February 19, 2024 12:13 pm

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Nikka Sulton

Are Buy To Let Mortgages Regulated? In straightforward terms, the majority of buy-to-let mortgages fall outside the purview of the Financial Conduct Authority (FCA) regulations. This exemption stems from their classification as business transactions, rendering them ineligible for the consumer regulations implemented by the FCA to safeguard the general public. This distinction holds true irrespective of the lender’s size or prominence, whether it’s HSBC, Santander, or Lloyds Banking Group. Even though these lenders are subject to regulation by the FCA and PRA (Prudential Regulation Authority), buy-to-let mortgages used for non-related tenants are consistently labelled as ‘non-regulated’ products.

When individuals apply for buy-to-let mortgages, the primary goal is typically property investment, involving activities like refinancing existing buy-to-let properties or expanding their investment property portfolio. Consequently, these mortgage transactions are categorized as business transactions, exempting them from the additional restrictions, eligibility assessments, or consumer protection measures imposed by the FCA’s regulations. This distinction underscores the business nature of buy-to-let mortgages, emphasizing their exemption from certain regulatory constraints compared to consumer-focused financial transactions.


But are there any types of buy to let that are regulated?

Certainly, there are exceptions to the general rule, and it can become somewhat intricate.

An exception worth noting is the category known as ‘Consumer Buy to Let.’ This relatively recent classification of mortgages is designed to provide protection, particularly for “accidental” landlords, as opposed to those engaging in professional property management.

For instance, consider someone who has inherited a property and intends to lease it out. Another common scenario involves renting out a property to an immediate family member as the tenant. It’s important to note that some lenders may choose not to provide loans in situations like these due to certain restrictions.

Applications falling under the Consumer Buy to Let category are subject to FCA regulation, treating the transaction with consumer protections similar to those associated with a traditional residential mortgage. This distinction aims to address specific scenarios, ensuring regulatory oversight in cases involving inherited properties or properties leased to immediate family members.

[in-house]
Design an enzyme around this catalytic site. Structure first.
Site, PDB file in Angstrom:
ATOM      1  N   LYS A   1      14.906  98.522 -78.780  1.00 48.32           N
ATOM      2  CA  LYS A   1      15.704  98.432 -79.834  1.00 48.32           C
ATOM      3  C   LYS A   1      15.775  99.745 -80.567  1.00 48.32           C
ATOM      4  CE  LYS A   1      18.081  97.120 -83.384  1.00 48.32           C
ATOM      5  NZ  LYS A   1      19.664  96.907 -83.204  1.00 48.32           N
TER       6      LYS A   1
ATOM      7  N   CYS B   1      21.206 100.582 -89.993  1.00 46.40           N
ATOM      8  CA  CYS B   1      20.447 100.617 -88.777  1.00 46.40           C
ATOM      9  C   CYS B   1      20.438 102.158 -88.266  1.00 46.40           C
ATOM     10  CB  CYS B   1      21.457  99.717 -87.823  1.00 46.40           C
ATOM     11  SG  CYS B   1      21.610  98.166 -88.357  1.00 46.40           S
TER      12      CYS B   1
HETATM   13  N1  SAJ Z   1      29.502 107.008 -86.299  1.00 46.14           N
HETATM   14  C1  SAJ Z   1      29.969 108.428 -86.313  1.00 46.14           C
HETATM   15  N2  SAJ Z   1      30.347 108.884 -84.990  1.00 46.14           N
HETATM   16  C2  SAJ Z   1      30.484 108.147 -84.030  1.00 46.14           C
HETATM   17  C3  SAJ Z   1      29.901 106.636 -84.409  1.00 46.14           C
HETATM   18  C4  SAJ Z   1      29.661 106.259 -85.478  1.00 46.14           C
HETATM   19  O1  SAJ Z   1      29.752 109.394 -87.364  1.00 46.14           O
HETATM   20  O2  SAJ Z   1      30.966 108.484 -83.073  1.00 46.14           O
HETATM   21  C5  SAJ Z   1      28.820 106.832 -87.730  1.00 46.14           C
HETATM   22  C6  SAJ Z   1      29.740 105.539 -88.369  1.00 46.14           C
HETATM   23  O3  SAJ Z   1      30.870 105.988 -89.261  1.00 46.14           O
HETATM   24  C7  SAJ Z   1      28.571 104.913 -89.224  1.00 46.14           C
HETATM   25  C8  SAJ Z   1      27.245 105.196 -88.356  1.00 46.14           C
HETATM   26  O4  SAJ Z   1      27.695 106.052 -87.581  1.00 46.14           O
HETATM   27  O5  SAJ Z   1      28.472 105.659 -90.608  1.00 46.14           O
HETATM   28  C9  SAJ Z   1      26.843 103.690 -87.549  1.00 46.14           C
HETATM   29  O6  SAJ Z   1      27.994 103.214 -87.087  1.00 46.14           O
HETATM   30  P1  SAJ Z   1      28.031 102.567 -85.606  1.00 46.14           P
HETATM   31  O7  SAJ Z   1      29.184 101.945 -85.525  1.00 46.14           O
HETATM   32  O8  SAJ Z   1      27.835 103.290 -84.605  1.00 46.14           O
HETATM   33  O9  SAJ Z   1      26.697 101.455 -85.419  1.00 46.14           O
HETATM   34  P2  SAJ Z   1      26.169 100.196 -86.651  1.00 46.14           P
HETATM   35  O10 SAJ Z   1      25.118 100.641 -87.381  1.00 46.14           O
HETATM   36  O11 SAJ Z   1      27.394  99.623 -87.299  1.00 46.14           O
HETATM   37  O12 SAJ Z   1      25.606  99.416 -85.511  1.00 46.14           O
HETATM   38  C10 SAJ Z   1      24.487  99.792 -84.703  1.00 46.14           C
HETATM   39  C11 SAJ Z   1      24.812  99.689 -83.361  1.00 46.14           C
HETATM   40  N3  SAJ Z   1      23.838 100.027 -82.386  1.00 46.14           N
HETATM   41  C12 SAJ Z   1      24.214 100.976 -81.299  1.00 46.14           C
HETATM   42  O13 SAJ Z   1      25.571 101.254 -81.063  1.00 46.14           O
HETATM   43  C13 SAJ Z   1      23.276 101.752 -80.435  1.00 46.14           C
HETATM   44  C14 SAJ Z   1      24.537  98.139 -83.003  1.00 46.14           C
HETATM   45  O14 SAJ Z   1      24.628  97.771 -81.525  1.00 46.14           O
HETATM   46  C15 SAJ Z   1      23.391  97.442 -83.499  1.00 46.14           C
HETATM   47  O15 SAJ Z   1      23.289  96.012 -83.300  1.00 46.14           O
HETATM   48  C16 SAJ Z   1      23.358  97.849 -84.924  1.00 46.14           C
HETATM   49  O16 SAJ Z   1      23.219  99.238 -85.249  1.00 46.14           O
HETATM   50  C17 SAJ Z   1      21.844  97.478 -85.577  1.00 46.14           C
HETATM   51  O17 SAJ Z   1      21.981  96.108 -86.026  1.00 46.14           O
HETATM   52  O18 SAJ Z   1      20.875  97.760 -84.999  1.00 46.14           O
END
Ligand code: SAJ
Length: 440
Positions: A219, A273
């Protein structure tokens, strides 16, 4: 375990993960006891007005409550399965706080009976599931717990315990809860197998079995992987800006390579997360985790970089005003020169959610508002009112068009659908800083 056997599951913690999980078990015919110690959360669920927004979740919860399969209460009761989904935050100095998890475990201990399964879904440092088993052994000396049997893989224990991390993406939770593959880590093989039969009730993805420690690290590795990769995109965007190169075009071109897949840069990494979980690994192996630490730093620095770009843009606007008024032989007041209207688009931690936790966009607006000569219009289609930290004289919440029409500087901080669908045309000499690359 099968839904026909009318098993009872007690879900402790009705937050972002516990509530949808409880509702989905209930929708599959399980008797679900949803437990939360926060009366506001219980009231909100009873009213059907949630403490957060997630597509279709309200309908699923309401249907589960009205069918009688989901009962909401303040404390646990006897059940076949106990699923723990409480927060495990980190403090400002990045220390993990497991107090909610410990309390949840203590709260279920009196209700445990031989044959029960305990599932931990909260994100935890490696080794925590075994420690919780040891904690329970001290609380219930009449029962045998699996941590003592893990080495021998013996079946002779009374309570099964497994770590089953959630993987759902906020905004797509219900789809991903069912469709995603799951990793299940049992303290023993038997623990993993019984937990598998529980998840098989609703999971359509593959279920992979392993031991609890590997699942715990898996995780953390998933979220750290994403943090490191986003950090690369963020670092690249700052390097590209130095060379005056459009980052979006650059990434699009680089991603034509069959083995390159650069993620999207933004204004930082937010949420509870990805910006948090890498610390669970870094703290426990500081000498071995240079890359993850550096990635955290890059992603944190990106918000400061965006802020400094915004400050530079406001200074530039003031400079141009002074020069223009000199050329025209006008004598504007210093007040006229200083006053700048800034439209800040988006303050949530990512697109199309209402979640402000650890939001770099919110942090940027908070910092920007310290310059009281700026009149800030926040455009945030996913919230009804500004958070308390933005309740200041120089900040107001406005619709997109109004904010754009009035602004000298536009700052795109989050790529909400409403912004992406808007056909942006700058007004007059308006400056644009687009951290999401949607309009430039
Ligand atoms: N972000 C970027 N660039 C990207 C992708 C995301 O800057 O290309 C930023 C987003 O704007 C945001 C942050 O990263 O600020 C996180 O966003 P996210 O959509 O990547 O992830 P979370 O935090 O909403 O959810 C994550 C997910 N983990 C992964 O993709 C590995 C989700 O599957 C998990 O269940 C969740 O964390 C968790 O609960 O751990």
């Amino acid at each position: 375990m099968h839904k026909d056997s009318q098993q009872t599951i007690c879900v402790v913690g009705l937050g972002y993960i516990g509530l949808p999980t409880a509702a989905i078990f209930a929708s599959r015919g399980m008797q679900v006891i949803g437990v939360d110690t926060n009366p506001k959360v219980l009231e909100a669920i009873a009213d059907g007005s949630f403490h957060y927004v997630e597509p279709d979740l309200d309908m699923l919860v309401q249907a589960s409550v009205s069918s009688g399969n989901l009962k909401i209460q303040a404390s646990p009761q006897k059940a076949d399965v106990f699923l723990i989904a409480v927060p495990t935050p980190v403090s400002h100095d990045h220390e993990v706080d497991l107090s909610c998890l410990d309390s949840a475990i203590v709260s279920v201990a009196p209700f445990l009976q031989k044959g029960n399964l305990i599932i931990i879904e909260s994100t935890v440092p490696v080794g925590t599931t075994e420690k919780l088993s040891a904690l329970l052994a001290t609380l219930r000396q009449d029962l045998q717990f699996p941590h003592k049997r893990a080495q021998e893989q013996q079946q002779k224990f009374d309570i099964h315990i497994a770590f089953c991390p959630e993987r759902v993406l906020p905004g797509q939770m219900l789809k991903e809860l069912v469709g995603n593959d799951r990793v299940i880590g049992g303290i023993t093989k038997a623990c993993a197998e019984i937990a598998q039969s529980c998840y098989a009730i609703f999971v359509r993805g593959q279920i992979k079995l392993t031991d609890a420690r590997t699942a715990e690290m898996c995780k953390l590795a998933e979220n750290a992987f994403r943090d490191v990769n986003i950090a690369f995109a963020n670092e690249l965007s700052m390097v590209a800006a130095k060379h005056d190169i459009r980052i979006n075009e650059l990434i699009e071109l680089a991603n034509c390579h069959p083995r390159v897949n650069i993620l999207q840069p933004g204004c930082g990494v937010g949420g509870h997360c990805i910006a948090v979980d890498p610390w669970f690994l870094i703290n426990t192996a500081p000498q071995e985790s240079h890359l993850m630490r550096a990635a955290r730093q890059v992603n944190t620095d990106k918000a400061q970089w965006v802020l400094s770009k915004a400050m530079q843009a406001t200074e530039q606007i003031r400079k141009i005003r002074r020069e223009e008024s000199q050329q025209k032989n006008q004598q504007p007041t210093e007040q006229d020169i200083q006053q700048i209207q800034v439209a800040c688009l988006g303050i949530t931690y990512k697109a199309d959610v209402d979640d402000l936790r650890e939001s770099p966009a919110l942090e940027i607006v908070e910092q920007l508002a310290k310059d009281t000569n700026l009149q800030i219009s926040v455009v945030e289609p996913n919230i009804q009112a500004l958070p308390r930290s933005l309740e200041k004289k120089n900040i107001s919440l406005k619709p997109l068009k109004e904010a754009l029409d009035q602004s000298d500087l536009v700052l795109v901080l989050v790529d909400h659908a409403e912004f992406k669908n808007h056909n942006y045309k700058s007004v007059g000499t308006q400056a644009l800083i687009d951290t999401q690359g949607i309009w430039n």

So why is this important?

Clearly understanding whether your buy-to-let property falls under FCA regulation is crucial. It not only influences the required checks during the mortgage application but significantly affects your eligibility with lenders, available products, and the necessary deposit. Our team ensures to inquire about these essential details from the initial call, ensuring you have a clear understanding and avoid investing time and energy in deals that may not align with your situation.


Is this the end for the small-time landlord?

This year has witnessed a substantial number of landlords divesting their properties. Alongside the property investors and portfolio holders we assist at Open Property Group, there’s a significant portion exiting the market. Agent Hamptons, utilizing its data in conjunction with HMRC figures, revealed that property investors are poised to sell 139,820 buy-to-lets across Great Britain in 2023. This substantial exodus has had a critical impact on the availability of rental properties in circulation. To be specific, Hamptons noted that landlords acquired 11.2% of all homes sold across Great Britain this year. However, private landlords also constituted 14.0% of all sellers during the same period, resulting in a net loss for the buy-to-let market.

We concur with the agent’s observation that ‘buy-to-let increasingly only stacks up for the highest-yielding homes, especially for investors with a mortgage.’ Consequently, landlords are increasingly offloading lower-yielding properties.


Buy-to-let mortgage arrears spike

During the third quarter of 2023, there has been a notable 29% increase in the number of buy-to-let mortgages in arrears, reaching just over 11,500, as reported by UK Finance. In contrast, owner occupiers experienced a more modest quarter-on-quarter rise of 7%. This surge in arrears signals a challenging environment for landlords in the buy-to-let sector, where the impact of interest rate pressures is keenly felt. Unlike owner occupiers, landlords may find it difficult to adjust rental rates to cover the heightened costs associated with increased mortgage payments.

The collective representation of the banking and finance industry underscores the unique challenges faced by buy-to-let landlords. With interest rates posing a significant hurdle, landlords in this sector may be constrained in their ability to maintain profitability, potentially leading to an increase in the number of properties being put up for sale by landlords who find it challenging to secure remortgages with comparable rates. This trend may further impact the dynamics of the property market and rental availability.


Red tape pushing landlords to the brink

A significant portion, comprising 23%, attributed their decision to sell to the burden of excessive legislation and compliance requirements. Additionally, 24% pointed to escalating mortgage costs and/or shifts in the tax framework as influencing factors. Clients who participated in the survey indicated that they were divesting properties due to various reasons, including ownership of problematic assets, lack of profitability in their investments, management challenges, or dealing with tenants in rent arrears.





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